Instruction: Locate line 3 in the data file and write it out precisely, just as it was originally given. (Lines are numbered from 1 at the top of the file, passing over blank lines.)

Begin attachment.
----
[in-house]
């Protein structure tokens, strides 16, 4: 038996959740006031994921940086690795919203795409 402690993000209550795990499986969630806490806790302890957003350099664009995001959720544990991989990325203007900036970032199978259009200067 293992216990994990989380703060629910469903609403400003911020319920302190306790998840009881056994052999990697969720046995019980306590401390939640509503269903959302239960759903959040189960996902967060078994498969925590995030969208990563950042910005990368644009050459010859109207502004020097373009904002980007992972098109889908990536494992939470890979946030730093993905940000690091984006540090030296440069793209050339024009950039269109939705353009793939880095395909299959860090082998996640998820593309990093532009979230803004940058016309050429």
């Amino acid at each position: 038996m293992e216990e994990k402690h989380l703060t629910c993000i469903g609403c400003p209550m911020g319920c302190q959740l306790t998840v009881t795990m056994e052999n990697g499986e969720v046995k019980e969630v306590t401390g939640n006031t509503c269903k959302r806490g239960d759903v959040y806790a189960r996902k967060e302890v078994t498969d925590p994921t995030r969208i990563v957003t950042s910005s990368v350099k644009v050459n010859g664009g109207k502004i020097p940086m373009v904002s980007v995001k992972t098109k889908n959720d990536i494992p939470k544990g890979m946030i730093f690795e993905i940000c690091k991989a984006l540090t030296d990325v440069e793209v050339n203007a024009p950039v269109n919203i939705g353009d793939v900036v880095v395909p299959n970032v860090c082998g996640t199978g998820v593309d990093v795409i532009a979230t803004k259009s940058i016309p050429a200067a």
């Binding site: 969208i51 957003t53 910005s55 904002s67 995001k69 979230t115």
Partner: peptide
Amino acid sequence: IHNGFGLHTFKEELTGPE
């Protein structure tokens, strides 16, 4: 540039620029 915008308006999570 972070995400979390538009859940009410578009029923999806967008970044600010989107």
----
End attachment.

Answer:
């Amino acid at each position: 038996m293992e216990e994990k402690h989380l703060t629910c993000i469903g609403c400003p209550m911020g319920c302190q959740l306790t998840v009881t795990m056994e052999n990697g499986e969720v046995k019980e969630v306590t401390g939640n006031t509503c269903k959302r806490g239960d759903v959040y806790a189960r996902k967060e302890v078994t498969d925590p994921t995030r969208i990563v957003t950042s910005s990368v350099k644009v050459n010859g664009g109207k502004i020097p940086m373009v904002s980007v995001k992972t098109k889908n959720d990536i494992p939470k544990g890979m946030i730093f690795e993905i940000c690091k991989a984006l540090t030296d990325v440069e793209v050339n203007a024009p950039v269109n919203i939705g353009d793939v900036v880095v395909p299959n970032v860090c082998g996640t199978g998820v593309d990093v795409i532009a979230t803004k259009s940058i016309p050429a200067a």